BEc (Hons) (Monash), MEc (Monash), PhD (Cambridge)

Without the creation and adoption of new ideas, productivity with plateau and our economies will stagnate. I aim to present a clear and impartial voice in public discourse about how public policy should support promote the growth of state-of-the-art industries. My research provides clarity about why some economies; some industries; and some firms attempt change more often and why some are more successful than others. My hallmark is the use of large-scale micro datasets to test competing theories.

Despite the centrality of innovation-related issues, there has been limited research on this topic, especially in Australia. This has meant there have been few objective and disinterested views in the public policy space and the field has been left open to rent-seeking behaviour and political whim.

Undertaking this research in Australia has required my team and me to obtain the right to develop and access hitherto inaccessible firm and individual-level datasets. These have included datasets at the level of the firm, scientist and intellectual property right. To date, this approach has led to publications in both national and international journals such as RAND Journal of Economics and Review of Economics and Statistics; Journal of Industrial Economics; Research Policy, The Economic Record and Journal of Law and Economics.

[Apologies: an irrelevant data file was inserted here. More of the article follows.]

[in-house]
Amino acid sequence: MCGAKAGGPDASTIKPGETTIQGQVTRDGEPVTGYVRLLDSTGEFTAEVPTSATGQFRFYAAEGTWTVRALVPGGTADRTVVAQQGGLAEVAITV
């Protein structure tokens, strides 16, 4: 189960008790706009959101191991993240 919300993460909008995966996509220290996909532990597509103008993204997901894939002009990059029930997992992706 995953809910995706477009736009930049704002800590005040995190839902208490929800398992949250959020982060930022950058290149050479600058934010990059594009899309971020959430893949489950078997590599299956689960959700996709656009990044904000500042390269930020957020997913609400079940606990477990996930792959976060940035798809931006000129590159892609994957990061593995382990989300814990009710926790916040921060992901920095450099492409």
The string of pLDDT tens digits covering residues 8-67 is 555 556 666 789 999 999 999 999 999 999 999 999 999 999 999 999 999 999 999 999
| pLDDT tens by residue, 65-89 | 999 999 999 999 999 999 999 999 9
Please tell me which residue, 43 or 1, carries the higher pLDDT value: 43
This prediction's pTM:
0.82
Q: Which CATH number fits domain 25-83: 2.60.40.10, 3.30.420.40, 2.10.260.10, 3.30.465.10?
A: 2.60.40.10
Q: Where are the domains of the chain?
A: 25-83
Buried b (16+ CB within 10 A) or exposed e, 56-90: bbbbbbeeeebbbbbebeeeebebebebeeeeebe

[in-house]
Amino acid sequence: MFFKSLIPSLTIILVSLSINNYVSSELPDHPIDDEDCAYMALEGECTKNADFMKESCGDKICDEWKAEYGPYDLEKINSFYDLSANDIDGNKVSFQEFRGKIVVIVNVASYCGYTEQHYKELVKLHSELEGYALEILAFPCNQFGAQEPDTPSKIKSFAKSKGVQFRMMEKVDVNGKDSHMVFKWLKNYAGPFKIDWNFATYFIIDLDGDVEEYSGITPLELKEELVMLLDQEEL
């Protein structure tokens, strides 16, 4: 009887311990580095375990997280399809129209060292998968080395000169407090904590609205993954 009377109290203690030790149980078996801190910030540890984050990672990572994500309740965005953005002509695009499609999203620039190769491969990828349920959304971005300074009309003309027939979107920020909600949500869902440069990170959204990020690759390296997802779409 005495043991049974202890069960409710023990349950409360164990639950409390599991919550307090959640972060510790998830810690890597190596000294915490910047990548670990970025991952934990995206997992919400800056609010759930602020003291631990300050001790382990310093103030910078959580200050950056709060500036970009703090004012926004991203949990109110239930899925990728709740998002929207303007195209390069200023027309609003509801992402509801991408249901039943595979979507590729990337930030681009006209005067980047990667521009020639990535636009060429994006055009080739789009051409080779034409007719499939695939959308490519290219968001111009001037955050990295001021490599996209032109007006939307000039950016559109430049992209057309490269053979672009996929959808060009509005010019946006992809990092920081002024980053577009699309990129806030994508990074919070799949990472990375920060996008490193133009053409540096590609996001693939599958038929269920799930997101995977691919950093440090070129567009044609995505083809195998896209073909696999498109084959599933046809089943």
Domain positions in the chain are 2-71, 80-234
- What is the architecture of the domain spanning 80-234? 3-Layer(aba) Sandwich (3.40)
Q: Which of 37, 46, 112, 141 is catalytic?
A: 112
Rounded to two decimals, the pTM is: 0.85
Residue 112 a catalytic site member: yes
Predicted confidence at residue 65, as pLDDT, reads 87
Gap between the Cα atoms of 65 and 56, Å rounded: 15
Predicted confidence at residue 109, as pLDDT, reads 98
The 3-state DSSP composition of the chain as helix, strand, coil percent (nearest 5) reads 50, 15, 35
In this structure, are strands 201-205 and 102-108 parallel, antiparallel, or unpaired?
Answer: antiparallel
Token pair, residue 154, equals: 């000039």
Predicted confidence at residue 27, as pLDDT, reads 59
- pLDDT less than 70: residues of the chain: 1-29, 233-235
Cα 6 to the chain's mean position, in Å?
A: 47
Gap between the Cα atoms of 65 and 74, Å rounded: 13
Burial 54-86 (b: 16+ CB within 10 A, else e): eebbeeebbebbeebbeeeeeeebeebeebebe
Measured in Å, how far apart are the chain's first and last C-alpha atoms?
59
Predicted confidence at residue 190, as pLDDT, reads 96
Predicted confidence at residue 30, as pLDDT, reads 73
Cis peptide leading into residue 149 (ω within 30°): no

To ensure our research has impact, my team and I have followed an intense outreach strategy to influence policy makers and change the dialogue around industry policy.

With respect to myself, this has involved being an executive of international organisations (former President, European Policy for Intellectual Property Association and the Asia Pacific Innovation Network); being appointed to high-level policy committees and boards (the Victorian Treasurer's Policy Advisory Group; Advisory Council for Intellectual Property; Higher Education Base Funding Review; Commissioner, State Services Authority and the Inquiry into the Australian Automotive Industry; and contributions to public discourse via evidence-based reports for industry and government; submissions to government inquiries; articles for industry or general magazines and events for external audiences.

  1. Palangkaraya, A., Jensen, P., and Webster, E. (2017) ‘The effect of patents on trade’ Journal of International Economics, 105, 1-9.
  2. de Rassenfosse, G., Palangkaraya, A. and Webster, E. (2016) ‘Why do patents facilitate trade in technology? Testing the disclosure and appropriation effects’, Research Policy, 45, 1326-1336.
  3. Greenhalgh, C. and Webster, E. (2015) Have Trademarks Become Deceptive? The WIPO Journal, 6, 109-148.
  4. Jensen, P., Palangkaraya, A. and Webster, E. (2015) ‘Trust and the Market for Technology’, Research Policy, 44, 340-356.
  5. Webster, E., Palangkaraya, A. and Jensen, P. (2014) Patent Examination Outcomes and the National Treatment Principle, RAND Journal of Economics, 45, 449–469.